Once it’s clear that the DMA is artificial, there is discussion as to where it might have come from. Vance specifically cites the Metrons (who pit Kirk and a Gorn against each other in the original series’ “Arena”), the Nacene (who yanked a mess of ships, including both Voyager and Equinox, into the Delta Quadrant), remnants of the Iconians (introduced in TNG’s “Contagion,” and who were established as possibly still being around in the “Gateways” novel crossover, so that’s a nice touch), and the Q-Continuum (introduced in TNG’s “Encounter at Farpoint,” and to be seen again soon in the second season of Picard), though Vance says that there’s been no contact with the Q in six hundred years (and one wonders if that’s some manner of preview of that upcoming Picard season or just the Discovery producers washing their hands of using the Q entirely…).

Plus, in a really nice touch, Stamets and Reno are looking at a three-dimensional star map, which is full of familiar names: Denobula, Ni’Var, Tellar, Andoria, Deneva, Wolf 359, Calder, Barradas, Tagus, Qualor, Argelius, Nelvana, etc. Oh, and Earth. In an even nicer touch, we see a bunch of starbases. One is Starbase 10, established in the original series’ “The Deadly Years” as being near Romulan space, and on the map it’s proximate to Calder, Nelvana, and Barradas, all worlds established as near Romulan territory; another is Starbase 1, near Earth. Although, I’m greatly disappointed that neither Tarka nor Stamets mention the Bajoran wormhole when discussing artificial wormholes…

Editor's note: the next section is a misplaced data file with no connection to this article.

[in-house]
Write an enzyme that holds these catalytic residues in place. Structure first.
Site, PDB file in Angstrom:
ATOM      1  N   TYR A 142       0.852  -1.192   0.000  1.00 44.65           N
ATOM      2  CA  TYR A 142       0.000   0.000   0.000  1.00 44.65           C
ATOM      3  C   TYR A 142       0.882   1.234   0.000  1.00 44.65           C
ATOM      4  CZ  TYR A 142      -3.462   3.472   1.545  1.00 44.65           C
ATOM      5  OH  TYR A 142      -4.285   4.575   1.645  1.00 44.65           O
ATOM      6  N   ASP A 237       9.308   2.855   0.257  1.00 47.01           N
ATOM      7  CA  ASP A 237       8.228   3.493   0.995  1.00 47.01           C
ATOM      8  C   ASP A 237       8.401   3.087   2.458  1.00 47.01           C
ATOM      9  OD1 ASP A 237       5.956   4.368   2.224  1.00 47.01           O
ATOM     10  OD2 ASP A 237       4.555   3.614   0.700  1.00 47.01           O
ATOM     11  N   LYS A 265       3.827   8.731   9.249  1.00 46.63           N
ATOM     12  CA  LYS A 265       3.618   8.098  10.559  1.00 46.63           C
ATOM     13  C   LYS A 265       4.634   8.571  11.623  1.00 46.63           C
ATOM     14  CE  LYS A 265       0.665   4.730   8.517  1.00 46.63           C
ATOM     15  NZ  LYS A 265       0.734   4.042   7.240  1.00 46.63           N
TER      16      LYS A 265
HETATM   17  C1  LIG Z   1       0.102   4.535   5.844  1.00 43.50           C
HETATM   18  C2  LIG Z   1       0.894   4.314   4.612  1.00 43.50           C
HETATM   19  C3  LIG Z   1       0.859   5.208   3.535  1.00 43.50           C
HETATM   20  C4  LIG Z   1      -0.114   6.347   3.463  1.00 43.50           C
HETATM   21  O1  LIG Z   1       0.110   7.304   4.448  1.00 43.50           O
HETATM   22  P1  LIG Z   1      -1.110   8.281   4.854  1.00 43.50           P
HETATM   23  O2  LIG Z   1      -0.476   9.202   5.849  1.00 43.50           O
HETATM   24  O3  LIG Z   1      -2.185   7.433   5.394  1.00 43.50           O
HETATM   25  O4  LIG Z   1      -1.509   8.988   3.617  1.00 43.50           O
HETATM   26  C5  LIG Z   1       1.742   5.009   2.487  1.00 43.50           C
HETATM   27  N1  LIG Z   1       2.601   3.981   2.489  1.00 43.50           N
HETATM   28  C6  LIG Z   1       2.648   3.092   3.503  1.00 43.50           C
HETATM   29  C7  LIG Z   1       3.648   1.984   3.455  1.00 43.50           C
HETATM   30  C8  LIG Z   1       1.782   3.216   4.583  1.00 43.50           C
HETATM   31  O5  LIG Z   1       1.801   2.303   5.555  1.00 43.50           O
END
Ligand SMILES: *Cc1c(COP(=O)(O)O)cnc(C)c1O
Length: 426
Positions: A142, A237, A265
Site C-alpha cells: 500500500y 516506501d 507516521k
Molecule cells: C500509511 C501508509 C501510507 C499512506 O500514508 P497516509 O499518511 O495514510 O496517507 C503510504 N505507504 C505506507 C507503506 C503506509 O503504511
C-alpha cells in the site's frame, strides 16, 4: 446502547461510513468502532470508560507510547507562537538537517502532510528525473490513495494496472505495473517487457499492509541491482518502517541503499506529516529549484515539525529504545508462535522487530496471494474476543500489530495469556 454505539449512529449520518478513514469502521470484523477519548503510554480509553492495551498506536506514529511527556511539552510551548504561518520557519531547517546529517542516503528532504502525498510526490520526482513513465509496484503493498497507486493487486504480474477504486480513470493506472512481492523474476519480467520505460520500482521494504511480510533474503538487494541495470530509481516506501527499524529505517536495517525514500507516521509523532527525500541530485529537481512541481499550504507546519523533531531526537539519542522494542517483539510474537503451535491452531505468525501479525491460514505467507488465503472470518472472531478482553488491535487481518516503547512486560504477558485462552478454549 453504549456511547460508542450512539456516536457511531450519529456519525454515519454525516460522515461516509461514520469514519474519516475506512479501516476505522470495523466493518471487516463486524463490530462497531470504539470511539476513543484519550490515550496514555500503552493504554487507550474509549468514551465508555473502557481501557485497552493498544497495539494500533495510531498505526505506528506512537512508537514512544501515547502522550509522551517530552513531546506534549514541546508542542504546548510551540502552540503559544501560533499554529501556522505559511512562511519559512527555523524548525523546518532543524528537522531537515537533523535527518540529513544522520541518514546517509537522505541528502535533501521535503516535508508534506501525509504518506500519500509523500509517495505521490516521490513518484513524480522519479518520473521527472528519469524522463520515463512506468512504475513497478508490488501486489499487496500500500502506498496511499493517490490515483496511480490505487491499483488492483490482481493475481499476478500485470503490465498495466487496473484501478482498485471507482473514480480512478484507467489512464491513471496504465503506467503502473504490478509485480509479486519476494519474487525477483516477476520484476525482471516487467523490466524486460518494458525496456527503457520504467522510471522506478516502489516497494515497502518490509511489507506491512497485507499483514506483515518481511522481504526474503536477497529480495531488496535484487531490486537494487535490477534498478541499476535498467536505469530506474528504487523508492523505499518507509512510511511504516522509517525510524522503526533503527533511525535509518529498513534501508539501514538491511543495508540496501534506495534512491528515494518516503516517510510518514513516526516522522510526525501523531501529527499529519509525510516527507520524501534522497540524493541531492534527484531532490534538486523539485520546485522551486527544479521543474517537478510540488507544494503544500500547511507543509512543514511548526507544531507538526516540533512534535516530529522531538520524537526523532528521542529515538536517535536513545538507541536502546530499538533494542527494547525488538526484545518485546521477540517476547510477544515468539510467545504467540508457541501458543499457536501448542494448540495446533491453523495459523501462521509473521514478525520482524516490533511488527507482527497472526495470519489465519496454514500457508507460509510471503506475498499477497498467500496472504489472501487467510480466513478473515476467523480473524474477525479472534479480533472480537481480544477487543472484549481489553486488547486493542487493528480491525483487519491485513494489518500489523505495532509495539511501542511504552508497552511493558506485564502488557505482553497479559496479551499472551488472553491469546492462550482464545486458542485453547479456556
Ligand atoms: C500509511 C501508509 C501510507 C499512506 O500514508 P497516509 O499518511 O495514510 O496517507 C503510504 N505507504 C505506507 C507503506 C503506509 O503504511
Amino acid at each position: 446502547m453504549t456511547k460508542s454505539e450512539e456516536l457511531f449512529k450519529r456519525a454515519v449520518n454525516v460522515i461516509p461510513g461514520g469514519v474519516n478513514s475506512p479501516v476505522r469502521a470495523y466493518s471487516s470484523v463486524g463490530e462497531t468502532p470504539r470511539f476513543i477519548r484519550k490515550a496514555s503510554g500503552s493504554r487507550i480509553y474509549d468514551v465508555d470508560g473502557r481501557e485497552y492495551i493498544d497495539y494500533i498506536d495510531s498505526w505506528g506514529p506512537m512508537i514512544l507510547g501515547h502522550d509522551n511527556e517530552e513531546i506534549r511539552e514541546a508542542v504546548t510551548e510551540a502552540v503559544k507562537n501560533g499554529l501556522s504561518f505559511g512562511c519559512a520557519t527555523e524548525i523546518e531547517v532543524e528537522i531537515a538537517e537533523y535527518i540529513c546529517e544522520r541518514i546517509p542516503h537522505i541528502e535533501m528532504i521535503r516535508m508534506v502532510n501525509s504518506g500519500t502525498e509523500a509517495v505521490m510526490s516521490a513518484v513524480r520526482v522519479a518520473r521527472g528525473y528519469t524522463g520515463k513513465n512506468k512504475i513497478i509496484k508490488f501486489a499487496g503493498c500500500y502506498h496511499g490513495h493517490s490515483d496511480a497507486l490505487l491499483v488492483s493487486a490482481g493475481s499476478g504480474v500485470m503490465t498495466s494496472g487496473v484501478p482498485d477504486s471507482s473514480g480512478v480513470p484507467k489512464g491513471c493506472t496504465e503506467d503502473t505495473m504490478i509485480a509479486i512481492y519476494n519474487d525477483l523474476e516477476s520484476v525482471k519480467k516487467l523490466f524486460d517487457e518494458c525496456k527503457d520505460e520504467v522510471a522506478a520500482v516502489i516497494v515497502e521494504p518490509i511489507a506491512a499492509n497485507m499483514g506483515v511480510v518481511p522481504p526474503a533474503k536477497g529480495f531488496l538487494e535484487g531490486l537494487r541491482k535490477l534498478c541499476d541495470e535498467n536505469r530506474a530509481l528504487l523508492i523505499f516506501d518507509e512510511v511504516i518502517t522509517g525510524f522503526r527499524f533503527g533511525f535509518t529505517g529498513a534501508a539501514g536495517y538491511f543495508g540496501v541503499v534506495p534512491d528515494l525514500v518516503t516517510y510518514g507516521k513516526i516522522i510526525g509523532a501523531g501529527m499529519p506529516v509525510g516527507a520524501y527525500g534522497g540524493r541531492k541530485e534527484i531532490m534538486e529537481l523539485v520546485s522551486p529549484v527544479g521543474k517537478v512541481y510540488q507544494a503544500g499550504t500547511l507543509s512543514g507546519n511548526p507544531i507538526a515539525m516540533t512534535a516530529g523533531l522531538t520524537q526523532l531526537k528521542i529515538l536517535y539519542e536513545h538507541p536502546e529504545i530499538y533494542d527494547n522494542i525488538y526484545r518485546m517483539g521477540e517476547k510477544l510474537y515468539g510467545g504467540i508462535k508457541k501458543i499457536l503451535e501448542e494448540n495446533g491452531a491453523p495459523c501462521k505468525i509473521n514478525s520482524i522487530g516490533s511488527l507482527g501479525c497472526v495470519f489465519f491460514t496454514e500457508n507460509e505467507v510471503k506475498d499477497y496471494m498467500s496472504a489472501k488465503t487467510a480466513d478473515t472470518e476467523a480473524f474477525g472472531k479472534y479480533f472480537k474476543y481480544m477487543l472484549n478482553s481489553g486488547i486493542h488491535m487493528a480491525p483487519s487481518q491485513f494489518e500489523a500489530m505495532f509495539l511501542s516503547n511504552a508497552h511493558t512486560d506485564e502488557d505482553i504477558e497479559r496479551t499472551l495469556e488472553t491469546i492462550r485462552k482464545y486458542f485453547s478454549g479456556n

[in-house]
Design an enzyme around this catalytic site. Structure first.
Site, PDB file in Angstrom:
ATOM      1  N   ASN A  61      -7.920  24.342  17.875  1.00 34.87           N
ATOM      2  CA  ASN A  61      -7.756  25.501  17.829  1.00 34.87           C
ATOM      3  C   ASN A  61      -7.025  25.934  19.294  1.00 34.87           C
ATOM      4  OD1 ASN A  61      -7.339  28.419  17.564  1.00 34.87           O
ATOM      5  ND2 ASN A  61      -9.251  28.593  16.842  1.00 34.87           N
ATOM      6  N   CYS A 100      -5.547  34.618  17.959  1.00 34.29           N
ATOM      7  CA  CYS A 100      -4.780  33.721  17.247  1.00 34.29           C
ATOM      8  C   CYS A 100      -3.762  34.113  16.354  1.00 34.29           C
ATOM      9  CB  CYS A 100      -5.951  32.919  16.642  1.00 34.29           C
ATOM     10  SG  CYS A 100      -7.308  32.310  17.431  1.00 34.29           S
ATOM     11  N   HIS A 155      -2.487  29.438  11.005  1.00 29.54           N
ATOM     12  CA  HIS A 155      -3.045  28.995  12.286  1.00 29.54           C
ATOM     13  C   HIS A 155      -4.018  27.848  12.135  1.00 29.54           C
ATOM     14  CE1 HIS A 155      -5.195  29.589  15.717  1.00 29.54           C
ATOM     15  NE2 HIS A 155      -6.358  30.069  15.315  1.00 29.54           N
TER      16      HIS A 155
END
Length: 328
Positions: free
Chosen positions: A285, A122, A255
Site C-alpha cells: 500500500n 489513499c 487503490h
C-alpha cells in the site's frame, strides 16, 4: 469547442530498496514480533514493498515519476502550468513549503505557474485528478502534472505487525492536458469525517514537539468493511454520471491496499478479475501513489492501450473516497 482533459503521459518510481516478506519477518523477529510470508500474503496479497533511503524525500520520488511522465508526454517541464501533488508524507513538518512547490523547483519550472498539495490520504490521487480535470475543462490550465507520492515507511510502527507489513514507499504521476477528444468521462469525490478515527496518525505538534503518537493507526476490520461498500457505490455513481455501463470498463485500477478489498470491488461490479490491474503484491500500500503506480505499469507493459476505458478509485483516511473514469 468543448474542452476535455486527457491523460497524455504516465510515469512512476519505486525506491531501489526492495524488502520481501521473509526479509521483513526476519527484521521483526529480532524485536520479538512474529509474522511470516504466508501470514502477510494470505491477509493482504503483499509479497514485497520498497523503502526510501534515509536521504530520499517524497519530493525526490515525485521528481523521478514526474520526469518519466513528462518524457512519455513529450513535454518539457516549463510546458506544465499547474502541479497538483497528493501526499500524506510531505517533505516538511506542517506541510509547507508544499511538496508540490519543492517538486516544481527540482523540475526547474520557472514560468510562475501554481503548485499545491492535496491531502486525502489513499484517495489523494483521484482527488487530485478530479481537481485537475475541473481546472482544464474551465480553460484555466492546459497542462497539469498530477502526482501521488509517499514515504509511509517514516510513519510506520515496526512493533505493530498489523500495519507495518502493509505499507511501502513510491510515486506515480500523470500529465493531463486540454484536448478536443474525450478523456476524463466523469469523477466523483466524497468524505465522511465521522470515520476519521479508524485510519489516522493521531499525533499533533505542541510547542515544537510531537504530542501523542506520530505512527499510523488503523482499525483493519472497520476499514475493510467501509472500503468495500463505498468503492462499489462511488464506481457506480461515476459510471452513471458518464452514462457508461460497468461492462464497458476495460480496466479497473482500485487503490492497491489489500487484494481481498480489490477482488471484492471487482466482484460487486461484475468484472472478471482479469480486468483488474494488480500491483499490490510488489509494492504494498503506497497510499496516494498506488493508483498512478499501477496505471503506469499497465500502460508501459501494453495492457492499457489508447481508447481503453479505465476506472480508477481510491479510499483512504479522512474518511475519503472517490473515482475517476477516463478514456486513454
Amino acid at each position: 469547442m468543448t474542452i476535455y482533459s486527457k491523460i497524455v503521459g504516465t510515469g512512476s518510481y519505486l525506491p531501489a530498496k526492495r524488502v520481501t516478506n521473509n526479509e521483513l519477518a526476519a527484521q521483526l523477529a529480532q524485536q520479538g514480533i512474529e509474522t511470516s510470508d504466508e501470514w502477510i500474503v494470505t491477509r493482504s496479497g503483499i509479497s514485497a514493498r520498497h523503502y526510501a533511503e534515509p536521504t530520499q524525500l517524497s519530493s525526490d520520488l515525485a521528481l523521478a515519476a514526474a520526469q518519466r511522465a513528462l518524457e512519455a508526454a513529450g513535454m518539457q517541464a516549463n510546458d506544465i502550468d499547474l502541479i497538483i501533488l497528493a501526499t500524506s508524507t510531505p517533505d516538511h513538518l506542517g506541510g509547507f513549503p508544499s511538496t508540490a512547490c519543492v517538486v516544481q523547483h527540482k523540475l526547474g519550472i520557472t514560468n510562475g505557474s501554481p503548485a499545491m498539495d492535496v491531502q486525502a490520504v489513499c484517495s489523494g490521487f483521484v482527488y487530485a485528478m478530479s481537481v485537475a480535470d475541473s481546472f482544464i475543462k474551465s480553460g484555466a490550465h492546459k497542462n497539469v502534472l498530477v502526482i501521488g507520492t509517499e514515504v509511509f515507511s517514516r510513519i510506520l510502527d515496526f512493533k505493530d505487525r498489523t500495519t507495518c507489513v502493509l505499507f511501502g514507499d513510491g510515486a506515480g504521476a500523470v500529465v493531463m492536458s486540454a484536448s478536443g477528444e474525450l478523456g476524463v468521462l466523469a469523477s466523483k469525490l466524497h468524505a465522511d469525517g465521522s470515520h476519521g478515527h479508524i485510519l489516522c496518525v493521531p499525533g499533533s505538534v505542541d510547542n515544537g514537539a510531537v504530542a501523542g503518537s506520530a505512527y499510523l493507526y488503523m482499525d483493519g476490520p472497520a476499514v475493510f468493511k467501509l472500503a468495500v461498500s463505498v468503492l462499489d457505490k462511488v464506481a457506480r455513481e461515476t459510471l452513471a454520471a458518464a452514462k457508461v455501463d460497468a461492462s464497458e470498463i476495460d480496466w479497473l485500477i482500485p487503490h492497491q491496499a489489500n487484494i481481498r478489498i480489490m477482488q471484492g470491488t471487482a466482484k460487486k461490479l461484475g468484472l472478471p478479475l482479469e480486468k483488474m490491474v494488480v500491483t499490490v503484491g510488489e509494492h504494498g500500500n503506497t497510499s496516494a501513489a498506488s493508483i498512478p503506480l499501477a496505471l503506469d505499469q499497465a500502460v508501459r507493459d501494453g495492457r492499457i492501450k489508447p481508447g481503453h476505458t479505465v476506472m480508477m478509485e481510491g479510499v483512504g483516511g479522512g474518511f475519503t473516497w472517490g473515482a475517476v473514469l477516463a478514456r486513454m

Part of me is disappointed that the DMA is artificial, just because it’s yet another big bad threatening the galaxy, and we’ve been down that road way too much in the Secret Hideout era of Trek. On the other hand, we don’t know everything yet, and there are still lots of possibilities as to the true purpose behind it. After all, the Burn wasn’t an attack or a natural phenomenon, but a child’s temper tantrum. So I’m waiting and seeing, and hoping that it’s something a bit more interesting than a super-weapon…

Keith R.A. DeCandido is one of the many author guests at DisCon III, the 79th World Science Fiction Convention, this weekend at the Omni Shoreham Hotel in Washington, D.C. Click here for his full schedule.